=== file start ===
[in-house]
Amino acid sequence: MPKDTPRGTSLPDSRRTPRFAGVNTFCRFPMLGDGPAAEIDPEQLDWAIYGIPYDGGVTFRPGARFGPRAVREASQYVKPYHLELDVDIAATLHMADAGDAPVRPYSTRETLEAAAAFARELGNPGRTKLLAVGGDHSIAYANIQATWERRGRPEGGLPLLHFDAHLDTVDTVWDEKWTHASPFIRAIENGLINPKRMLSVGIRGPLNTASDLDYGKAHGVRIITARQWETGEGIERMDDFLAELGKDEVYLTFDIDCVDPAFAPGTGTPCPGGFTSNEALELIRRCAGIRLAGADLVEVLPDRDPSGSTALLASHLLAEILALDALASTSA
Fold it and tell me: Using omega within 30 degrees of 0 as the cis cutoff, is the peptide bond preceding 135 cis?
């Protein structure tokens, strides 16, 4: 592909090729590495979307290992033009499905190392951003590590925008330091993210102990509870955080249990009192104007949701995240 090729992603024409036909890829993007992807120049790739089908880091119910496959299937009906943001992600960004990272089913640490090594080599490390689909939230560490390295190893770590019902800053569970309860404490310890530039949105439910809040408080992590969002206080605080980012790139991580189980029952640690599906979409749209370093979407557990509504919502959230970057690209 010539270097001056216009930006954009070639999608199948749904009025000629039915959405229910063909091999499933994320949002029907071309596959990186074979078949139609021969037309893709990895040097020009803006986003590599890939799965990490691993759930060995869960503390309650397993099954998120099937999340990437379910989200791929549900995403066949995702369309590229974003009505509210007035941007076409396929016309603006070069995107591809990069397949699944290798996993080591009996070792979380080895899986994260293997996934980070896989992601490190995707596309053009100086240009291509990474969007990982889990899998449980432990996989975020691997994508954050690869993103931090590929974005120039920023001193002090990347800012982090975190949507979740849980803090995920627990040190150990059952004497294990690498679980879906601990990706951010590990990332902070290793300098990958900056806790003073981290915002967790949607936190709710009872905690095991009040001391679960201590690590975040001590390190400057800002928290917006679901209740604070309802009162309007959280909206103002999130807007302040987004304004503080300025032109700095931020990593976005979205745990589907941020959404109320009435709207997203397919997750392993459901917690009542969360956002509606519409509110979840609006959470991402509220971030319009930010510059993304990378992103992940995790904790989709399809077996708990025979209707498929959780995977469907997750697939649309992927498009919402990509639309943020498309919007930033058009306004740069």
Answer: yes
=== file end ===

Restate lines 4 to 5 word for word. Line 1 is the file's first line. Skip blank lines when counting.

């Protein structure tokens, strides 16, 4: 592909090729590495979307290992033009499905190392951003590590925008330091993210102990509870955080249990009192104007949701995240 090729992603024409036909890829993007992807120049790739089908880091119910496959299937009906943001992600960004990272089913640490090594080599490390689909939230560490390295190893770590019902800053569970309860404490310890530039949105439910809040408080992590969002206080605080980012790139991580189980029952640690599906979409749209370093979407557990509504919502959230970057690209 010539270097001056216009930006954009070639999608199948749904009025000629039915959405229910063909091999499933994320949002029907071309596959990186074979078949139609021969037309893709990895040097020009803006986003590599890939799965990490691993759930060995869960503390309650397993099954998120099937999340990437379910989200791929549900995403066949995702369309590229974003009505509210007035941007076409396929016309603006070069995107591809990069397949699944290798996993080591009996070792979380080895899986994260293997996934980070896989992601490190995707596309053009100086240009291509990474969007990982889990899998449980432990996989975020691997994508954050690869993103931090590929974005120039920023001193002090990347800012982090975190949507979740849980803090995920627990040190150990059952004497294990690498679980879906601990990706951010590990990332902070290793300098990958900056806790003073981290915002967790949607936190709710009872905690095991009040001391679960201590690590975040001590390190400057800002928290917006679901209740604070309802009162309007959280909206103002999130807007302040987004304004503080300025032109700095931020990593976005979205745990589907941020959404109320009435709207997203397919997750392993459901917690009542969360956002509606519409509110979840609006959470991402509220971030319009930010510059993304990378992103992940995790904790989709399809077996708990025979209707498929959780995977469907997750697939649309992927498009919402990509639309943020498309919007930033058009306004740069």
Answer: yes